We had the good fortune of connecting with Andi Elloway and we’ve shared our conversation below.
Hi Andi, how do you think about risk?
Calculated risk has always been a tool to help me avoid regret in life. I would hate to have wanted to do something that I didn’t try for because of fear or insecurity. Both of those feelings are valid, but I try to rationalize how real any hesitation is and whether it’s grounded in facts. When you take a risk there’s always the chance it might not work out because nothing is a sure thing, but if I feel I could handle the worst case scenario I will take my chances if there could be a big payoff (better quality of life, interesting projects, someone I want to work with, etc) . Some risks for me have included bi-coastal moves, turning down jobs, and taking projects while having imposter syndrome. In retrospect my career trajectory could be considered pretty risky but it never felt like that. I’ve always just tried to do shoots I’m interested in and knew if I didn’t make certain decisions and take action there really wasn’t a way for that to happen.
Alright, so let’s move onto what keeps you busy professionally?
Before I committed to being a photographer there were a lot of things that interested me. I loved film, editing, vfx, graphic design, painting and was always interested in anything creative that would let me pay the bills. I’m naturally a super driven person with some masochistic tendencies and will definitely suffer for my art if I need to. I enjoy the challenge and uncertainty that comes with running my own business because it forces me to keep learning and evolving. There’s always something to be done or something new to pursue and I like that I’m never bored. It is absolutely not easy and was truly very stressful for maybe the first 6-7 years or so, then I kind of got on my feet and things started to work themselves out a little easier. In the beginning it was hard because I was hunting for the jobs and facing rejection all the time, and now I have more jobs than I can take but I’m stressed because I want to over deliver and make really great photos. The hardest part for me is having to say no to a shoot I really want to do because I’m already booked or know I don’t have the time right then to make the project what it should be. Having that integrity can be hard but it’s important. Work-life balance is something I’m still learning, but I think it’s because I really love what I’m doing. I’ve been shooting 13 years now and it’s been the best ride so far and has allowed me to do so many cool things and meet a lot of very talented amazing people and friends. There are three major lessons that come to mind. The first is to keep pushing forward even when everything sucks. It’s ok to slow down or take a break, just don’t quit if you still want it. The second is to have appreciation for exactly where I’m at. If it’s good, reflect, smile, and cry happy tears. If it’s bad, think about what I’m learning from it because that knowledge and experience are still good. The third and most recent is to take time off because burnout doesn’t help creativity. It’s so important to step back, travel, and do new things to inspire new thought pattens and ideas.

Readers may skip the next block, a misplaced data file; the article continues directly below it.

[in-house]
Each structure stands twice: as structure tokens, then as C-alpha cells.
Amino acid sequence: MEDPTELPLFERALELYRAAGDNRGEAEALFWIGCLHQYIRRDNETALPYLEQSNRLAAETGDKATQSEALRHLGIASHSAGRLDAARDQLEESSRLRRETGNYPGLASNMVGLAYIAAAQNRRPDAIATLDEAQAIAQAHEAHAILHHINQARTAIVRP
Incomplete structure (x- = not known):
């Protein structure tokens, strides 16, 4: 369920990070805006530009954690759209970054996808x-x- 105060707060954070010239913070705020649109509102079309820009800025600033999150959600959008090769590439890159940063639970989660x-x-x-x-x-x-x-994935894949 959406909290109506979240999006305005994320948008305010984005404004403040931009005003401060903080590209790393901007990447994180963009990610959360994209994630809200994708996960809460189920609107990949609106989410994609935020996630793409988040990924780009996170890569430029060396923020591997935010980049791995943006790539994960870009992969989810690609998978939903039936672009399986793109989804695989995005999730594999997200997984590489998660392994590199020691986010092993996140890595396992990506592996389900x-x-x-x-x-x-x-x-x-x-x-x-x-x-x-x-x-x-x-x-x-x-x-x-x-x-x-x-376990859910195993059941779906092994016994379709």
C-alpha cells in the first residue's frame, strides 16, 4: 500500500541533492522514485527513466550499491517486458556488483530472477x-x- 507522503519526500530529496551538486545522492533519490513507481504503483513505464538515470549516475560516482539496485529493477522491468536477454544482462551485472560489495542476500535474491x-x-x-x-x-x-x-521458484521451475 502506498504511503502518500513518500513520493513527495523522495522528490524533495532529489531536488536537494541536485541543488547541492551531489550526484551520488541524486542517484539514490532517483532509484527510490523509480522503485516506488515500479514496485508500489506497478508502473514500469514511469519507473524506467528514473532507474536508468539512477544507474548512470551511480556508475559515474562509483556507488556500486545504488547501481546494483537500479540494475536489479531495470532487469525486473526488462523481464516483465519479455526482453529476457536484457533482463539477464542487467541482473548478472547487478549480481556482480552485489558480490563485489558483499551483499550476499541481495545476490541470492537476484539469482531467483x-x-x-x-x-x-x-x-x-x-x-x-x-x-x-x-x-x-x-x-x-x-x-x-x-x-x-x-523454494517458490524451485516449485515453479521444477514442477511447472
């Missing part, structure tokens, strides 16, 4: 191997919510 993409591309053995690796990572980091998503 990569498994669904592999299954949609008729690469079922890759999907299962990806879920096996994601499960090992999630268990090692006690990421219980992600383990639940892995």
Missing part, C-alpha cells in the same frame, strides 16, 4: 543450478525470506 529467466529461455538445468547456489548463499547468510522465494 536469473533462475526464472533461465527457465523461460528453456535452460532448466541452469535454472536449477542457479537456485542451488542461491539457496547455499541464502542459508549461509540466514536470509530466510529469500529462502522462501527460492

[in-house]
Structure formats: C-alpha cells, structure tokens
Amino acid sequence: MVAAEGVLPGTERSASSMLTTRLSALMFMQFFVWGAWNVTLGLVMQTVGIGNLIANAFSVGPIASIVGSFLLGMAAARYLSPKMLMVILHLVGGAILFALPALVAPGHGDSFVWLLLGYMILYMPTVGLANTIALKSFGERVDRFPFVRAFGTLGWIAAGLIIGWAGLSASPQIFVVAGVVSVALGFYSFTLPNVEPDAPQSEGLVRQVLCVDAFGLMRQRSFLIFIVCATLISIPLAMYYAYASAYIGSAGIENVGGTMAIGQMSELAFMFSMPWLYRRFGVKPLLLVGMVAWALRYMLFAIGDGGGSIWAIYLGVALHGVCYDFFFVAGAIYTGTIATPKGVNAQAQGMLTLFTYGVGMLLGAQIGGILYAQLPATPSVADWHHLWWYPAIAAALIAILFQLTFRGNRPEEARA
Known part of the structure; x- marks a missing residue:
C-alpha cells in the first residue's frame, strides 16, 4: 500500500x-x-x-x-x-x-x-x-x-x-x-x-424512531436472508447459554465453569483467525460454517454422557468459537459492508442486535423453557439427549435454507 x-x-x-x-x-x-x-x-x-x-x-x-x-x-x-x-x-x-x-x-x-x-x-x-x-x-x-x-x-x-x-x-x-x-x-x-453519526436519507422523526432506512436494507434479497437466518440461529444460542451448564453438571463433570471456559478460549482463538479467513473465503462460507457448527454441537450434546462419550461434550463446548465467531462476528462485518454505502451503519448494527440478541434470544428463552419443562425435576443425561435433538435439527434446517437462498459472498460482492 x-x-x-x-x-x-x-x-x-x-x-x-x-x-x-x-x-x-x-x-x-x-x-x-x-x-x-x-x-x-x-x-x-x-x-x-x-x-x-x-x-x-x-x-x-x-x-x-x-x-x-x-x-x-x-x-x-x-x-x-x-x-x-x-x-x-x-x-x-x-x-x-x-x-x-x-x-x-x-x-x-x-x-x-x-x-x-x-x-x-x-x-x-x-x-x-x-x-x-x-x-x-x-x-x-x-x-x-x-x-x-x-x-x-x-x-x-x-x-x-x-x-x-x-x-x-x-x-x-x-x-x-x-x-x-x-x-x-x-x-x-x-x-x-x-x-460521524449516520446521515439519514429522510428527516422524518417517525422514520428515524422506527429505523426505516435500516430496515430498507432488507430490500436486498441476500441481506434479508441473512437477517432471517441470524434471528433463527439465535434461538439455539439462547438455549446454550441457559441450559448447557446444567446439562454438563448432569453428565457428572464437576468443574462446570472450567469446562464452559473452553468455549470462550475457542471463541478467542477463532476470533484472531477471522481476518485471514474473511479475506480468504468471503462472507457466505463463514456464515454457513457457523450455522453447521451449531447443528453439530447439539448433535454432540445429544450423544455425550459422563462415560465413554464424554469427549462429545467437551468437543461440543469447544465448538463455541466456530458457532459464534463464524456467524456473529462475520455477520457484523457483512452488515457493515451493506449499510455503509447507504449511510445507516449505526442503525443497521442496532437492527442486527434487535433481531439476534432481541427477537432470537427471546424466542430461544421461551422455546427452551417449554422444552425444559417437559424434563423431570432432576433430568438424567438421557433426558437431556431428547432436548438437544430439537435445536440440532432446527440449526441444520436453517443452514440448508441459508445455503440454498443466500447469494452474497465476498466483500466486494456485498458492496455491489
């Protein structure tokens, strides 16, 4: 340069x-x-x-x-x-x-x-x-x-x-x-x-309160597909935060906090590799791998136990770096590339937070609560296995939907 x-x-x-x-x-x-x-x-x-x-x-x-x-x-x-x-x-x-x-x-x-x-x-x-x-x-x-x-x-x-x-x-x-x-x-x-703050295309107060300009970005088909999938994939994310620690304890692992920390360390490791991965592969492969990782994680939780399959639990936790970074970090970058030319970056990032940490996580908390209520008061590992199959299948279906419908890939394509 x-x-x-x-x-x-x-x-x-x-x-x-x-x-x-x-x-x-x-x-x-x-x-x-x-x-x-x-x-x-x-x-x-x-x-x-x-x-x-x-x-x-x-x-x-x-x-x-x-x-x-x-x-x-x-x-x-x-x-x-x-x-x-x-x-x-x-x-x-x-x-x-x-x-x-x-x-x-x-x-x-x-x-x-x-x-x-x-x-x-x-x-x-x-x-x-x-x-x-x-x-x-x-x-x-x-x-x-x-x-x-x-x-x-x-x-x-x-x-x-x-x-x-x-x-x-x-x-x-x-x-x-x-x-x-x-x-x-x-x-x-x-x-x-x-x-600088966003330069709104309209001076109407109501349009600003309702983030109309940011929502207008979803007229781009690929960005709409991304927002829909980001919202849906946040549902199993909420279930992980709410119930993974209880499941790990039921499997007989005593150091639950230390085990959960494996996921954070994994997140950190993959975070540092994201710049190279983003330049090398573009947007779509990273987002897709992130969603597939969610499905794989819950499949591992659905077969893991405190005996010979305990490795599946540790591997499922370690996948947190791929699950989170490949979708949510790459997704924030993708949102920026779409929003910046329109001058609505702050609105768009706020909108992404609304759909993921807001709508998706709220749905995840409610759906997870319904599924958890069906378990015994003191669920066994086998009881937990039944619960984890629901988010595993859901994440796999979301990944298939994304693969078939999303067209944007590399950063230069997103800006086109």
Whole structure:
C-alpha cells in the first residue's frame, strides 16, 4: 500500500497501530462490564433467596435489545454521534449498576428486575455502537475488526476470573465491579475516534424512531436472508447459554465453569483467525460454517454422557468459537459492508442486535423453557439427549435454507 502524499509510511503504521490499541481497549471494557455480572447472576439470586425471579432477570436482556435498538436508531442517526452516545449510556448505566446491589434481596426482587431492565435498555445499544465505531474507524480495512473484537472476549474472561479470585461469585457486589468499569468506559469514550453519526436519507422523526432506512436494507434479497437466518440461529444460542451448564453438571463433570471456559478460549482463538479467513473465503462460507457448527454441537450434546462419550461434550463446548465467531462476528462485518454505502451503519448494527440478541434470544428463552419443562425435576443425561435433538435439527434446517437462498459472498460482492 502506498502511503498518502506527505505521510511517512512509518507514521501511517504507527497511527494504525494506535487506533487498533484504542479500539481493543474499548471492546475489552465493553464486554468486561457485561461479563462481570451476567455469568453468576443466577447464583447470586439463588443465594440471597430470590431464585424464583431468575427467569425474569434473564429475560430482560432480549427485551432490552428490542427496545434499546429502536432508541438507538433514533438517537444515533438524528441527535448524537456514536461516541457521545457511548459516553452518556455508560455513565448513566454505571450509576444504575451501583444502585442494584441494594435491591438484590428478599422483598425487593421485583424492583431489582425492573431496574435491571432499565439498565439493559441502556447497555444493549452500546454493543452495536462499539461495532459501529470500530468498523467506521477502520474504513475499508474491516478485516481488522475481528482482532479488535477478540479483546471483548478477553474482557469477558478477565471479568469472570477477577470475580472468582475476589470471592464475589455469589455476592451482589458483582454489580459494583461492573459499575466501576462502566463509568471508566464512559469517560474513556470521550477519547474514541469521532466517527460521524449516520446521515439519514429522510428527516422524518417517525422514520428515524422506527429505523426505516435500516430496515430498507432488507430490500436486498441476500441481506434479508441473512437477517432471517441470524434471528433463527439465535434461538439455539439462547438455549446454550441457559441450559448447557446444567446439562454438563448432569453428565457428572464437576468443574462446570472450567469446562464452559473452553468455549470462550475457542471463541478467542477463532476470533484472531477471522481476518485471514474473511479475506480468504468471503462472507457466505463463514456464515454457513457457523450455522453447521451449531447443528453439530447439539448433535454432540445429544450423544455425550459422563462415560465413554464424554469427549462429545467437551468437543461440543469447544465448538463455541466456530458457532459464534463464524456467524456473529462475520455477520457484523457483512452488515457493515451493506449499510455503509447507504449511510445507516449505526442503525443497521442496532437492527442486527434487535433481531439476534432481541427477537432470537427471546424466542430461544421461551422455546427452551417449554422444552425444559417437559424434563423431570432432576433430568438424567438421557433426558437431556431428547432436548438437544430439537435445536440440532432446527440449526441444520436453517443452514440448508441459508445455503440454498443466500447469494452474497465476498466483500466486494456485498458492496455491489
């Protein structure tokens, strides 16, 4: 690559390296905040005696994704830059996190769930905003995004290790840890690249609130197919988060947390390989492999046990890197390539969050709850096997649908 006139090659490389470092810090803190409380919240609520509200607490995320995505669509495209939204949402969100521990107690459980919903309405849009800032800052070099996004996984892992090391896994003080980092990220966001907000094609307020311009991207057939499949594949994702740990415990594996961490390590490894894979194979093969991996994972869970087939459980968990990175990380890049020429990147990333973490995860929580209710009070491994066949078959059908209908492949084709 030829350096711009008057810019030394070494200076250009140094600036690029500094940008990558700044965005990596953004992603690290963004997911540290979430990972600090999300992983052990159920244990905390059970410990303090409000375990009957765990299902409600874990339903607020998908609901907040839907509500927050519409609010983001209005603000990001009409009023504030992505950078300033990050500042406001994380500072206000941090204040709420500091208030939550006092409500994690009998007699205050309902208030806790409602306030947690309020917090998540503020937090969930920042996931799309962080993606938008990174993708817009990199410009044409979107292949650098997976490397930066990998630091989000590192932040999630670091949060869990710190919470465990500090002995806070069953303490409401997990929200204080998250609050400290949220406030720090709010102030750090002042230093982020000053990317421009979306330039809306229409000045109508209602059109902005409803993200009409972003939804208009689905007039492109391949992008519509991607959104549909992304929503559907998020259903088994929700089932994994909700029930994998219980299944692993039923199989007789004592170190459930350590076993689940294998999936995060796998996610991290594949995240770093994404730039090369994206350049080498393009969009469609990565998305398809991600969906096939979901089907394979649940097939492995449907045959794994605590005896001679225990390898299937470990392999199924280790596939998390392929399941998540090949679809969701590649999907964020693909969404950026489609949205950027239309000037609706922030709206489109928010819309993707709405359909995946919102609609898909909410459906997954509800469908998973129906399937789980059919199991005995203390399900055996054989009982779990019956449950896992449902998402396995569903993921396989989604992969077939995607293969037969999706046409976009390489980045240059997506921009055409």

Any places to eat or things to do that you can share with our readers? If they have a friend visiting town, what are some spots they could take them to?
There’s so much to do here! I may be an outlier but I love walking in LA. I live in Weho and cruising around here is really fun and there’s a good vibe. LACMA for an afternoon, driving through Malibu and picking up a picnic for the beach at sunset, hiking in Griffith Park, a movie at Hollywood Forever, and gymnastics class at Mats because I try to recruit everyone. For dining: Coffee at Go get em tiger, Enigma, or CoffeeCoffee. Smoothies at Earth Bar. Brunch at Sunset tower, Croft Alley, Sycamore Kitchen, Hugo’s, or Blu Jam. For lunch, Urth Cafe, Pinches Taco, Erewhon, Joan’s on Third, Tere’s Mexican, Strings of Life, or the farmer’s market at The Grove. For dinner there are too many: Crossroads, Great White, Olivetta, Toi, El Coyote, Craig’s, Superba, Ippudo, Horses, Merois, or John and Vinny’s. For Dessert: I love Bar 1912 at the Beverly Hills hotel because you can order the soufflé and drinks there and the vibe is more mellow than the polo lounge (but love that too!) For Drinks: Bar Lis, Bar Pendry or the rooftop, Good Times at Davey Wayne’s, Sunset at the Edition, or Short Stories. Ending the night: Crazy Girls.
The Shoutout series is all about recognizing that our success and where we are in life is at least somewhat thanks to the efforts, support, mentorship, love and encouragement of others. So is there someone that you want to dedicate your shoutout to?
This is such a long list! My parents have always been behind whatever I’ve wanted to do. As long as I was making moves and not sitting on my butt they were always so supportive and encouraging (love you mom and dad). Jamie McPhee and Kenneth Cappello were and still are my major mentors. I can call them for anything and they’ve both brought tears to my eyes with their support on multiple occasions. Kelly Cutrone’s book “If you have to cry go outside” really lit a fire, Napoleon Hill’s “Think and grow rich” did also… Honestly there are so many people that have influenced me and I will be forever grateful to have known in my life.